My BFF's family decorates sugar cookies while listening to old records.

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OH!  Another idea is to start one of those Christmas villages.  Everybody gets something different, but they are all displayed at your house until each kid moves away, keeping track of which belongs to whom.  

Or, same idea with theme ornaments.  Each kid has a theme.  Like, cows for one, horses for another, or apples for one, strawberries for another, etc.  Each gets one per year, they all go on the family tree, but it's easy to know which ones to take with them when they move out.  Or Old World ornaments--one kid gets Santa Clauses, another gets stars, etc.  Same idea.

 

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To keep track of our yearly ornaments each kid has a spiral bound index card pad.  They write the year, draw a sketch of the ornament and write why it is significant.

If digital photography had been easily available the year we started this tradition I might have done photo albums to keep track.

ETA: we keep the list packed with the Christmas decorations

Edited by happi duck
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We started the Christmas book flood last year and my kids who don't really like to read loved getting books! We all snuggled by the lights of the Christmas tree and read after church. I think I learned about the tradition here on the boards: https://www.npr.org/2012/12/25/167537939/literary-iceland-revels-in-its-annual-christmas-book-flood

We're all excited about it this year too!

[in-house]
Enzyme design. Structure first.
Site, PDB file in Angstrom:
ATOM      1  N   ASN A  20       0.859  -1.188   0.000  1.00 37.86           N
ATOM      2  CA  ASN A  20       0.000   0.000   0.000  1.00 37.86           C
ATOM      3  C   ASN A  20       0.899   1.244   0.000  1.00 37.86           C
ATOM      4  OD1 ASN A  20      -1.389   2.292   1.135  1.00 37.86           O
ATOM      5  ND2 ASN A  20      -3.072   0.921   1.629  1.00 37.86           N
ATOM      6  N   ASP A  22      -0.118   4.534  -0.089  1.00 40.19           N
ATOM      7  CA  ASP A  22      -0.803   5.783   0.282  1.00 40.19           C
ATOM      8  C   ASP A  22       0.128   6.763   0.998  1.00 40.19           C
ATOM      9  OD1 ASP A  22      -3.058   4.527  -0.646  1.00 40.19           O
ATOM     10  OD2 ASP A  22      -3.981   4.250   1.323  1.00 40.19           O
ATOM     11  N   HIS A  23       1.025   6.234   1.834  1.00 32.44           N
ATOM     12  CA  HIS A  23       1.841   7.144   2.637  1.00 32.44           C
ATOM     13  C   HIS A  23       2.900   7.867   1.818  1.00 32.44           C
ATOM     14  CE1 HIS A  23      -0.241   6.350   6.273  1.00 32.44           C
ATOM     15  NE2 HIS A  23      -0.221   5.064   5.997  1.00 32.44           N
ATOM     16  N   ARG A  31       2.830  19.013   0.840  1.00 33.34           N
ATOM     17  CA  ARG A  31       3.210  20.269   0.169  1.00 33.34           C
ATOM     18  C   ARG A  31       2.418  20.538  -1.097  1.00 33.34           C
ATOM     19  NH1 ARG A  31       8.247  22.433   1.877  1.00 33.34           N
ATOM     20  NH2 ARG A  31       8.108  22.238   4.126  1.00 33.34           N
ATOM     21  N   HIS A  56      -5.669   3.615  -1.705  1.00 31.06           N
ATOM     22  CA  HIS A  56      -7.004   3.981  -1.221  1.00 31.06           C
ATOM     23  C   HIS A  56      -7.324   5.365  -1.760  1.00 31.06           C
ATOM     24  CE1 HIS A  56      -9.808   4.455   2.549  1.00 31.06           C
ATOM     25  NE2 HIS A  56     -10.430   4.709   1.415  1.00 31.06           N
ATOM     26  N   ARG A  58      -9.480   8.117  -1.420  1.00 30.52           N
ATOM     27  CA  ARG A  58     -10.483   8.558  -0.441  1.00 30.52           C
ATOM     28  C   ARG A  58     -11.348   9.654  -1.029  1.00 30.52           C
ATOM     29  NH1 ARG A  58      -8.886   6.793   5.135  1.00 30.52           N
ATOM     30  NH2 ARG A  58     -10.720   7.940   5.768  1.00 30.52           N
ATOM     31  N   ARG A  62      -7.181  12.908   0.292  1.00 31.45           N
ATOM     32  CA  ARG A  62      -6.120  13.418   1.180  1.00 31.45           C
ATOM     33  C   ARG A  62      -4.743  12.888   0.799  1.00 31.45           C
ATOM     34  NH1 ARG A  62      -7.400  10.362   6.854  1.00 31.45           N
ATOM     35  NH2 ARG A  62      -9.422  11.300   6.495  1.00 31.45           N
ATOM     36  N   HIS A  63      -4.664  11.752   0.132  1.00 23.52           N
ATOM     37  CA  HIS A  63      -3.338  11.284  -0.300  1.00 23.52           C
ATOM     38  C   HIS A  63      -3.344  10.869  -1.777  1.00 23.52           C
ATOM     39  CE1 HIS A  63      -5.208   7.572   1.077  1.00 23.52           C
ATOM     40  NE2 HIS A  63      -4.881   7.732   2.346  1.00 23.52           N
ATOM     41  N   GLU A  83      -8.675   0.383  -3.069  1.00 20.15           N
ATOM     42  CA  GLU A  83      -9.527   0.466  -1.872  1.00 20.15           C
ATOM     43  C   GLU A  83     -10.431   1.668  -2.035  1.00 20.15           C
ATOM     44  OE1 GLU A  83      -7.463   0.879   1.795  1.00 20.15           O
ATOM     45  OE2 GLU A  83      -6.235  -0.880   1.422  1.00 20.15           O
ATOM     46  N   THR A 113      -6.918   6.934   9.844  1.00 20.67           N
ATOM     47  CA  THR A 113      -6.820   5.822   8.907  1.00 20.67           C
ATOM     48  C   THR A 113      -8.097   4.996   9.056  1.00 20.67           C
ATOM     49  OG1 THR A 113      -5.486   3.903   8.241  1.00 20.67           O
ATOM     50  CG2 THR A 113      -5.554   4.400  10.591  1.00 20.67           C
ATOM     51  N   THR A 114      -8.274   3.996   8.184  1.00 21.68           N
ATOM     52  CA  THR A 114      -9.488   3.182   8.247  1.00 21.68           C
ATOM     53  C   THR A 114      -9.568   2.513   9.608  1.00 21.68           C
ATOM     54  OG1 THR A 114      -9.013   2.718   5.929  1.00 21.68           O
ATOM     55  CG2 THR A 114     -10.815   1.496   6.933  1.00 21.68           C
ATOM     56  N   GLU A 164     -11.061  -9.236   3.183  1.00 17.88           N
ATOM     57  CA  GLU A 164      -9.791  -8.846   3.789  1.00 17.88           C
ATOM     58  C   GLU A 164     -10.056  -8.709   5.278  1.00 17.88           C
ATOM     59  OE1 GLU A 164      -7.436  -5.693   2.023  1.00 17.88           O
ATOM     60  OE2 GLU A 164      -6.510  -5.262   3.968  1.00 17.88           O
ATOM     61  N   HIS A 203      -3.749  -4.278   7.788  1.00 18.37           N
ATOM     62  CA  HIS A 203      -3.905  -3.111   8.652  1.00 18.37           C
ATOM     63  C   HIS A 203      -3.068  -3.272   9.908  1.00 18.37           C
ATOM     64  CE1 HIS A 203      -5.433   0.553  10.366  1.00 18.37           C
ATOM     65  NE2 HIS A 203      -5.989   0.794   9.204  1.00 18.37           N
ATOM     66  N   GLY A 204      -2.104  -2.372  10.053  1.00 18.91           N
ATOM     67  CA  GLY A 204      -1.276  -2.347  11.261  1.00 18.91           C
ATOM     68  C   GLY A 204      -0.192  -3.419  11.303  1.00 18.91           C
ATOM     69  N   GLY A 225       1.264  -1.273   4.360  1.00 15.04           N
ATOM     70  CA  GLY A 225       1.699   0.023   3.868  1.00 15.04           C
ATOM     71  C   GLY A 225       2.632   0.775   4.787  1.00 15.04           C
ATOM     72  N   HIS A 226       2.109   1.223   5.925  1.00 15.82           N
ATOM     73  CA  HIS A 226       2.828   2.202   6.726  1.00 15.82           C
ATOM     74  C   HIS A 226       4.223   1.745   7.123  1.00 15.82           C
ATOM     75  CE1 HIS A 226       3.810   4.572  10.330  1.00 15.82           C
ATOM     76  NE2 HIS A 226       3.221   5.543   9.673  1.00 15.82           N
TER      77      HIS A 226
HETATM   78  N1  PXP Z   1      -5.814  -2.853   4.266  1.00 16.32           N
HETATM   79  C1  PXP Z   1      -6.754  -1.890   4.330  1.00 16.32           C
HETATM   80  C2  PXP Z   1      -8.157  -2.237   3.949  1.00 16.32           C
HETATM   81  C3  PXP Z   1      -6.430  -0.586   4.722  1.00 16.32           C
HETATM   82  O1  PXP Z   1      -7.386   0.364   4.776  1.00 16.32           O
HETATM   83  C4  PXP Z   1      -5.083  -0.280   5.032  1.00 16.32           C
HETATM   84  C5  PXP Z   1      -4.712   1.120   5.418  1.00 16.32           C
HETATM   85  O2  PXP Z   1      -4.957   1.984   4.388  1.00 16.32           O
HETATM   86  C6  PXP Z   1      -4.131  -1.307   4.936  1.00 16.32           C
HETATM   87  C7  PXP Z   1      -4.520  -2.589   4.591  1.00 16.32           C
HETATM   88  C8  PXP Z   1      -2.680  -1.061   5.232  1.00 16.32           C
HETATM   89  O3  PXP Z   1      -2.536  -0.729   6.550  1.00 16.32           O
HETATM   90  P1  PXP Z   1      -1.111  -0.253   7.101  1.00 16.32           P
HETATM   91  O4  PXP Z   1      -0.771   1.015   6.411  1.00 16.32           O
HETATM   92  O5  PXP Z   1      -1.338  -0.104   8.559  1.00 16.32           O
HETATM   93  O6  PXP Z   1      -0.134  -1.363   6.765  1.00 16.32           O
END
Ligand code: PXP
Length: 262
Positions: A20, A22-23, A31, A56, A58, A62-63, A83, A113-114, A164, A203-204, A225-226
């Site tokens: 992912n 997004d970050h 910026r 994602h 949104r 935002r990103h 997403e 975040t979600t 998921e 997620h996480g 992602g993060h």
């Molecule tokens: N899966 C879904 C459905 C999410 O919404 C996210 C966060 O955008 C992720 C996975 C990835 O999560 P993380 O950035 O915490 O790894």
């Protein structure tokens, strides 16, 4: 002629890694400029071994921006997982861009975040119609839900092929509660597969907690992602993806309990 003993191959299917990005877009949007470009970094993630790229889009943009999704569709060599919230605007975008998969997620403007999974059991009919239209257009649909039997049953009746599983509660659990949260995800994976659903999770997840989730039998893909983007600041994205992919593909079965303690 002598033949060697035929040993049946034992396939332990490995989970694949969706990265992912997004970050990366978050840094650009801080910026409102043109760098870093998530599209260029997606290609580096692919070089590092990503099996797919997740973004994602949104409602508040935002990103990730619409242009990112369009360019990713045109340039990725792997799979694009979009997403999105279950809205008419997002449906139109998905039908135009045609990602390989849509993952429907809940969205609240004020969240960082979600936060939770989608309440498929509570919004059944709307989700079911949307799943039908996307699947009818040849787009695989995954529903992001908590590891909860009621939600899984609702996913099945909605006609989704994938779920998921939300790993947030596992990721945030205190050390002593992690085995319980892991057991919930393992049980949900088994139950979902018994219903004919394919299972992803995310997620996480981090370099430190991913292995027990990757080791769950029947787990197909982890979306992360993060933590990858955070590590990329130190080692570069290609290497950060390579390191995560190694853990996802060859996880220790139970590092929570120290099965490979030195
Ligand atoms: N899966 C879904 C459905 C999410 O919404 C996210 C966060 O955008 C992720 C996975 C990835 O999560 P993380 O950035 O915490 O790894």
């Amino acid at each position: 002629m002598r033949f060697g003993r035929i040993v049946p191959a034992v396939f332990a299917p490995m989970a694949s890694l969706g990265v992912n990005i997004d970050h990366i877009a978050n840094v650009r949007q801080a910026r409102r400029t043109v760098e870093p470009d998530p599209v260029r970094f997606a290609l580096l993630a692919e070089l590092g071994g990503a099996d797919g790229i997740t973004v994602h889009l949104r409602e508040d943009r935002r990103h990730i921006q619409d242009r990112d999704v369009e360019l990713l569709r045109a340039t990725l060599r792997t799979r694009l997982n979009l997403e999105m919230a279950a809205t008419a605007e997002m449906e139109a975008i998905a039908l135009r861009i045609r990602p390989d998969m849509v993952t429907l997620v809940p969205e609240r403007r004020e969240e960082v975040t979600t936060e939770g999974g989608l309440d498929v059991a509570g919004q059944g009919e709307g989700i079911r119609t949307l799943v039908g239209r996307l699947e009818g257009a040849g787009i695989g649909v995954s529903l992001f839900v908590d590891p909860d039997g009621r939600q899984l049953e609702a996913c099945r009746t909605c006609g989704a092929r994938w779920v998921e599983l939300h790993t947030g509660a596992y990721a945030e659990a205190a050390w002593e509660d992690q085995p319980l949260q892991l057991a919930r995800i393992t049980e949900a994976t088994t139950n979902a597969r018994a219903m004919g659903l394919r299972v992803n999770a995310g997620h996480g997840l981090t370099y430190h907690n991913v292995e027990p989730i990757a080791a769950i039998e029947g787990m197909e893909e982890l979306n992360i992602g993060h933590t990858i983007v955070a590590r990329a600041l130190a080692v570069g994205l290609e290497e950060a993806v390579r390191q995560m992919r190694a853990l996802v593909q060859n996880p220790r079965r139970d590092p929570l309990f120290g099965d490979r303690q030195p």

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6 hours ago, Noreen Claire said:

I wish we could do an experience, as that sounds lovely, but we spend Christmas Eve with my in-laws (we host on a rotating basis) and that just won't work.

Plus, DH's parents got divorced 3 years ago and every Christmas Eve since then has included some amount of trauma/drama from them, so DH is definitely *not* in the holiday spirit when they are here. (Think, "Merry Christmas, I have cancer!" and "Merry Christmas, I've just figured out I'm gay!" as the crap that has happened the last few years.)

Please don't take this the wrong way (because I totally sympathize with you), but in this case, I think the new tradition would be Christmas Eve alone with just you, DH, and the kids.  Enjoy being together, play music, watch a movie, play a game, get fun socks for everyone and wear them doing some new tradition, bake something fun.  Get the pre-built gingerbread houses (I know Target has them) and let the kids go at it.

I would not be tolerating the drama.  You only get so many chances to make wonderful Christmas memories with your kids.  But...I am old and tired of everyone's crap these days so just ignore me if you want -- LOL.  I hope whatever you decide, it works out.  

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So many good suggestions here!

I copied a friend and gave everyone a box of cereal that was just theirs (and I was sure I had plenty of milk on hand!). We don't buy cereal, so it was special. The kids liked having one they chose and loved not having to share! I got one for Dh and myself too. Of course I wrapped them, lol. We always make something more substantial for breakfast, but the kids can have cereal if they want. 

Not nearly as good as what's been said here, but there it is. 

Edited by Angie in VA
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A friend and extended family did the sock thing and it was a huge hit.  They took a family photo of just everyone's feet.  Very cute!

How about appetizers, board games, and a few holiday movies playing in the background?  You could do a dessert bar afterwards, like brownies and sundaes...

Just an idea...